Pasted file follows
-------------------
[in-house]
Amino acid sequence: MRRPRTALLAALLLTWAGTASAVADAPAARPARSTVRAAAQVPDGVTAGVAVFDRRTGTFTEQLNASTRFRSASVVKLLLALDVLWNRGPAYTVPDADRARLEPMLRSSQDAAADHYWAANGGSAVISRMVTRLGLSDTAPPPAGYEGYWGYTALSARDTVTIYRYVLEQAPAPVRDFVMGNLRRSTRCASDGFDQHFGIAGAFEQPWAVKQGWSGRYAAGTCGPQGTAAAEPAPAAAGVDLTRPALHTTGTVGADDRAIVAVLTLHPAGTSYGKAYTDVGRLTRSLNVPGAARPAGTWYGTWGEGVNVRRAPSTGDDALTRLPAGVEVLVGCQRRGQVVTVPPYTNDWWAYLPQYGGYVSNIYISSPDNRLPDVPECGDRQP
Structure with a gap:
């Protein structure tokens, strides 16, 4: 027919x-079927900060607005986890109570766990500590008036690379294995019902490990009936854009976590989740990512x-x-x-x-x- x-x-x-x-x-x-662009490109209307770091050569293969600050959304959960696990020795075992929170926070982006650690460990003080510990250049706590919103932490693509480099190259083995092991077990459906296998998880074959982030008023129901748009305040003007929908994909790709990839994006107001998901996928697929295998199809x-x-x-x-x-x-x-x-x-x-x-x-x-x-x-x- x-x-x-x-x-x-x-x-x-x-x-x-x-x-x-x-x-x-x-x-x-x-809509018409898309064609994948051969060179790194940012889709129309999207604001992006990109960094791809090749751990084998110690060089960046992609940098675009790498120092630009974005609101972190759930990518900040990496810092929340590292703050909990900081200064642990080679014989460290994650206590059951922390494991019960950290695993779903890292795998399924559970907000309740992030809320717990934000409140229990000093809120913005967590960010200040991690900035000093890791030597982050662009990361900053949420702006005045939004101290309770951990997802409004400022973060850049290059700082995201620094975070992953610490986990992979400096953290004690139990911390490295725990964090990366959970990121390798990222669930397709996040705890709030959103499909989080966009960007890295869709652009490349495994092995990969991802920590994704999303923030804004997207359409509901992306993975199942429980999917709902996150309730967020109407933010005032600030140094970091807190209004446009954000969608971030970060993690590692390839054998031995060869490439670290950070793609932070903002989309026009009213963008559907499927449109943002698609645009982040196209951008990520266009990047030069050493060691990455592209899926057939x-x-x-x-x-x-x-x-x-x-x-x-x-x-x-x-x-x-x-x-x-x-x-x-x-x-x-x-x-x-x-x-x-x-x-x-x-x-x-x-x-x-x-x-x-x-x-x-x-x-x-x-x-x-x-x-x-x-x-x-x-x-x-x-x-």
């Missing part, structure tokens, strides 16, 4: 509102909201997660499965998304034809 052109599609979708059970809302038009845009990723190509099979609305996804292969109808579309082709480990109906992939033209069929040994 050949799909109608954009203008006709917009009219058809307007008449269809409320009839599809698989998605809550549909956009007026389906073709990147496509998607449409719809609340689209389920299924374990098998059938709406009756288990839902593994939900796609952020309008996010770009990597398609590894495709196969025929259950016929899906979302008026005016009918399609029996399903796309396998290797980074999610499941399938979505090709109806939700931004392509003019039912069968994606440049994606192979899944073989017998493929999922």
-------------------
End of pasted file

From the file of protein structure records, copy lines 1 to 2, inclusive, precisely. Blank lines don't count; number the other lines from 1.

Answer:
[in-house]
Amino acid sequence: MRRPRTALLAALLLTWAGTASAVADAPAARPARSTVRAAAQVPDGVTAGVAVFDRRTGTFTEQLNASTRFRSASVVKLLLALDVLWNRGPAYTVPDADRARLEPMLRSSQDAAADHYWAANGGSAVISRMVTRLGLSDTAPPPAGYEGYWGYTALSARDTVTIYRYVLEQAPAPVRDFVMGNLRRSTRCASDGFDQHFGIAGAFEQPWAVKQGWSGRYAAGTCGPQGTAAAEPAPAAAGVDLTRPALHTTGTVGADDRAIVAVLTLHPAGTSYGKAYTDVGRLTRSLNVPGAARPAGTWYGTWGEGVNVRRAPSTGDDALTRLPAGVEVLVGCQRRGQVVTVPPYTNDWWAYLPQYGGYVSNIYISSPDNRLPDVPECGDRQP